This blog is a way of sharing the information and resources that have helped me to recover my son Roo from an Autism Spectrum Disorder. What I have learned is to view our symptoms as the results of underlying biological cause, which can be identified and healed. I say "our symptoms" because I also have a neuro-immune disorder called Myalgic Encephalomyelitis.

And, of course, I am not a doctor (although I have been known to impersonate one while doing imaginative play with my son)- this is just our story and information that has been helpful or interesting to us. I hope it is helpful and interesting to you!

Wednesday, July 18, 2012

Integrative Medicine for Mental Health

These are my notes for a webinar presented through Great Plains Lab by Dr James Greenblatt MD about integrative medicine for mental health.  You can see his website here, and the site of his practice here.  I really liked this quote from his Comprehensive Resources for Psychiatry site:

"The most significant lesson I relearn with every patient is how complex our uniqueness really is. This individuality defines our core metabolism and biochemistry. Our unique metabolic puzzle supports our ability to pay attention, inhibit unwanted behaviors, and regulate our moods."

The integrative medicine model is one which provides alternatives to the pharma-based approach of conventional psychiatry, in which medications are used to treat symptoms.  It is an Orthomolecular approach, (orthomolecular means "right molecule"), which means that this approach strives to correct imbalances at the molecular level which lead to symptoms.  Each person's symptom picture is unique.  He says the mind is what the brain does, it's the biochemistry.    This is a model not only of treatment, but of prevention.  A model that looks at etiology, which is the "why", and not just the "what".  Conventional psychiatric practice does not look at the "why" at all, only the "what" (the symptoms).

This talk uses depression as the example of what this model and approach look like.  Medications have a place, but this model also identifies underlying cause.  Nearly half of patients treated for depression respond to placebo.  Pharmaceutical companies do less research into new meds for depression because the placebo effect is so strong, that it's hard to come up with meds that perform better than placebo.  Pharma is choosing to put it's research money into other types of meds, which are more likely to generate a profit.  Recently there have been many books that point out the problems with meds, but do not offer an alternative.  Whether or not drugs are the answer, patients need help.  Integrative medicine offers this alternative so that people can be treated and helped.  The DSM is based on symptoms and patterns of symptoms, and medications are developed for symptom complexes with no sense of etiology (the "why") or objective measures, so psychiatry is just monitoring symptoms rather than treating cause.  Integrative medicine looks for biological treatments for causes.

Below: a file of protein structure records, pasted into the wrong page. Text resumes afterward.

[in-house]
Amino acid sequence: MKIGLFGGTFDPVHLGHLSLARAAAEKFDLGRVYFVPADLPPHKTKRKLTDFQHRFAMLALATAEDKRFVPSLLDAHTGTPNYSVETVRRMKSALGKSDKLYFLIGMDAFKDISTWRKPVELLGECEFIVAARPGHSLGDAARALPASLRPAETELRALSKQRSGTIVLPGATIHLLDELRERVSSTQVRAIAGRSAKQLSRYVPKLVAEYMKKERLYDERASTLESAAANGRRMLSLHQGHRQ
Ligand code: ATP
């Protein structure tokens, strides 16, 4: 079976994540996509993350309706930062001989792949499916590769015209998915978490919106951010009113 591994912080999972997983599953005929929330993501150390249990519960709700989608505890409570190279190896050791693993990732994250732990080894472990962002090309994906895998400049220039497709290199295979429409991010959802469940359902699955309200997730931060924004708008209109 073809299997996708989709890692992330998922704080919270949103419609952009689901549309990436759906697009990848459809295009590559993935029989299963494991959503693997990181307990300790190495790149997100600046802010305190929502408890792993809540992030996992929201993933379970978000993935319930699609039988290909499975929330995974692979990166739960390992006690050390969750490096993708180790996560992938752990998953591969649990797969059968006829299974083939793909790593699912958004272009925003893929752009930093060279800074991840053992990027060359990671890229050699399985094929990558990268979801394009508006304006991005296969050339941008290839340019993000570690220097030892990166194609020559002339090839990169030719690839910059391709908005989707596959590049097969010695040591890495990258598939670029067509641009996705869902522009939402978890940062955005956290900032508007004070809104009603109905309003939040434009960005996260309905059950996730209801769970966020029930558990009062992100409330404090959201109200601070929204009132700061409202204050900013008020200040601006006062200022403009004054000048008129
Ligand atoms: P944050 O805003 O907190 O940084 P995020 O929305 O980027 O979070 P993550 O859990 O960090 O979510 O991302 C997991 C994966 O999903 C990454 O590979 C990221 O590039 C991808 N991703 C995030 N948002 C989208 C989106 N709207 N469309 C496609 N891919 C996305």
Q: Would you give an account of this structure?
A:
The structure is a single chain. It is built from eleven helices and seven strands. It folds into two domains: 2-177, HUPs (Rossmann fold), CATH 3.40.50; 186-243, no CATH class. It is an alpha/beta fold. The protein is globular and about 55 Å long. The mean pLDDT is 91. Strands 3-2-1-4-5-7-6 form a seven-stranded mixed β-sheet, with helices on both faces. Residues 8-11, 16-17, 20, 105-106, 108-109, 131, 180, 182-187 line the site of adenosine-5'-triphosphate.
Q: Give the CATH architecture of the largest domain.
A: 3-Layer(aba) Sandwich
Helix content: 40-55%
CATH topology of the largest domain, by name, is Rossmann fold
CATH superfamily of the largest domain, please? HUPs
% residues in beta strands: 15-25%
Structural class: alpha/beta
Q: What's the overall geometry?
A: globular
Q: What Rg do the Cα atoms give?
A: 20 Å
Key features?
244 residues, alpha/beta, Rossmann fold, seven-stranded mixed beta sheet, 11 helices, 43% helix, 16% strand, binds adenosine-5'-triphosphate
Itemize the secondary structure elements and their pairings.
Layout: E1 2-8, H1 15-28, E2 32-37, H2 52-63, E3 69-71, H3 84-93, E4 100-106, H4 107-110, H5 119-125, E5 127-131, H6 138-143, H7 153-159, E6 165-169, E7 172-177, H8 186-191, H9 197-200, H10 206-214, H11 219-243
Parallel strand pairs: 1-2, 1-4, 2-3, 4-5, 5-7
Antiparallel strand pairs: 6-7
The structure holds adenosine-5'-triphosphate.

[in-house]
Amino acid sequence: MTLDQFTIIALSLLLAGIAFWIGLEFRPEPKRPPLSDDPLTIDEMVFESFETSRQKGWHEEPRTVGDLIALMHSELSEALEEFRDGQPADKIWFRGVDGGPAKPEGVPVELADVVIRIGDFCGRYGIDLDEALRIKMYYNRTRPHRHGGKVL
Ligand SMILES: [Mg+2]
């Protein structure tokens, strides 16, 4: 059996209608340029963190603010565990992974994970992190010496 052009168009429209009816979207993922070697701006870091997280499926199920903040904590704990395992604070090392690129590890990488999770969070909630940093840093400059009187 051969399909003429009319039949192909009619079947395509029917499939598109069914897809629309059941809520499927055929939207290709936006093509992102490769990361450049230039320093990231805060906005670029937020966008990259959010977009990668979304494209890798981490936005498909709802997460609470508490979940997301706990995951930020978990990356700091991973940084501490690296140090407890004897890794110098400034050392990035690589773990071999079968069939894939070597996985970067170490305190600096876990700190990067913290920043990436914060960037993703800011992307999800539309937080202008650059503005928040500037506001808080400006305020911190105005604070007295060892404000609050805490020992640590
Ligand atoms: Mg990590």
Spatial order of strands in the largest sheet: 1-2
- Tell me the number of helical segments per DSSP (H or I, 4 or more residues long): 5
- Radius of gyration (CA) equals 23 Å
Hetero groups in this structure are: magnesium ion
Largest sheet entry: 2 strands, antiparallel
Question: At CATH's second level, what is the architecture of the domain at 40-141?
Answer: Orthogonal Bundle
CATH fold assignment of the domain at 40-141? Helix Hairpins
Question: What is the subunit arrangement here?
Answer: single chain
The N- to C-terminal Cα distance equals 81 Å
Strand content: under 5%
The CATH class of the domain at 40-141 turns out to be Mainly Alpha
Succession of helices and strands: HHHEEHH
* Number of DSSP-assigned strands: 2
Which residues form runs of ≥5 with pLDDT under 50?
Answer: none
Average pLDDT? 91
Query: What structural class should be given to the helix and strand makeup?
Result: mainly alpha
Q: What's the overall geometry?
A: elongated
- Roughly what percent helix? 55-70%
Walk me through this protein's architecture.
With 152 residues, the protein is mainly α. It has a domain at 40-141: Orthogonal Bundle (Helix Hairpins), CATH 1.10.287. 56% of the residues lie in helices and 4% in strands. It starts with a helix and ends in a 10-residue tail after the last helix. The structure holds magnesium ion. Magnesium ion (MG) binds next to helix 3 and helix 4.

For example, if 10 patients with the same symptom complex called depression come into a doctor's office, some will have low vitamin D levels, some will have celiac disease, others will have low cholesterol levels (patients often have more than one cause).  Nutritional deficiencies are one of these causes.  Nutrition is not alternative health care.  The name of the disorder is meaningless, what matters for treatment is what needs to be done to heal.  Are there deficiencies?  Is there something the patient needs? Is there something the patient needs to avoid? Are there toxicities?  Bacterial overgrowth?  Heavy metal toxicity?  Food allergies?


Genetics and epigenetics are very important, they set the stage.  For all patients with major mental illnesses there are related issues in family members, there is an underlying genetic liability.  Epigentics is not the specific genes that influence us, but the expression of our genes influenced by stress, nutrition, and environmental factors such as toxins and pathogens.  Depression has a strong genetic liability, but the role of environmental factors is even stronger.


All psychiatric medications influence neurotransmitter levels.  There are hundreds of chemicals that act as neurotransmitters in the brain.  Most are under precursor control, such as by levels of amino acids, which we get from our diet.  Density of serotonin receptors influences risk of depression, so does neurotoxins and diet.  To make neurotransmitters, it takes amino acids such as tryptophan and tyrosine, and many cofactors (B6, vitamin C, etc).  A basic concept of integrative medicine is supping with whatever precursors and/or cofactors are deficient so that the body can produce what it needs on it's own.  Physical exam may not tell us what the cause of the mental illness is, for example both low thyroid and low methylB12 levels can look alike, so testing is often required to identify which precursors are missing.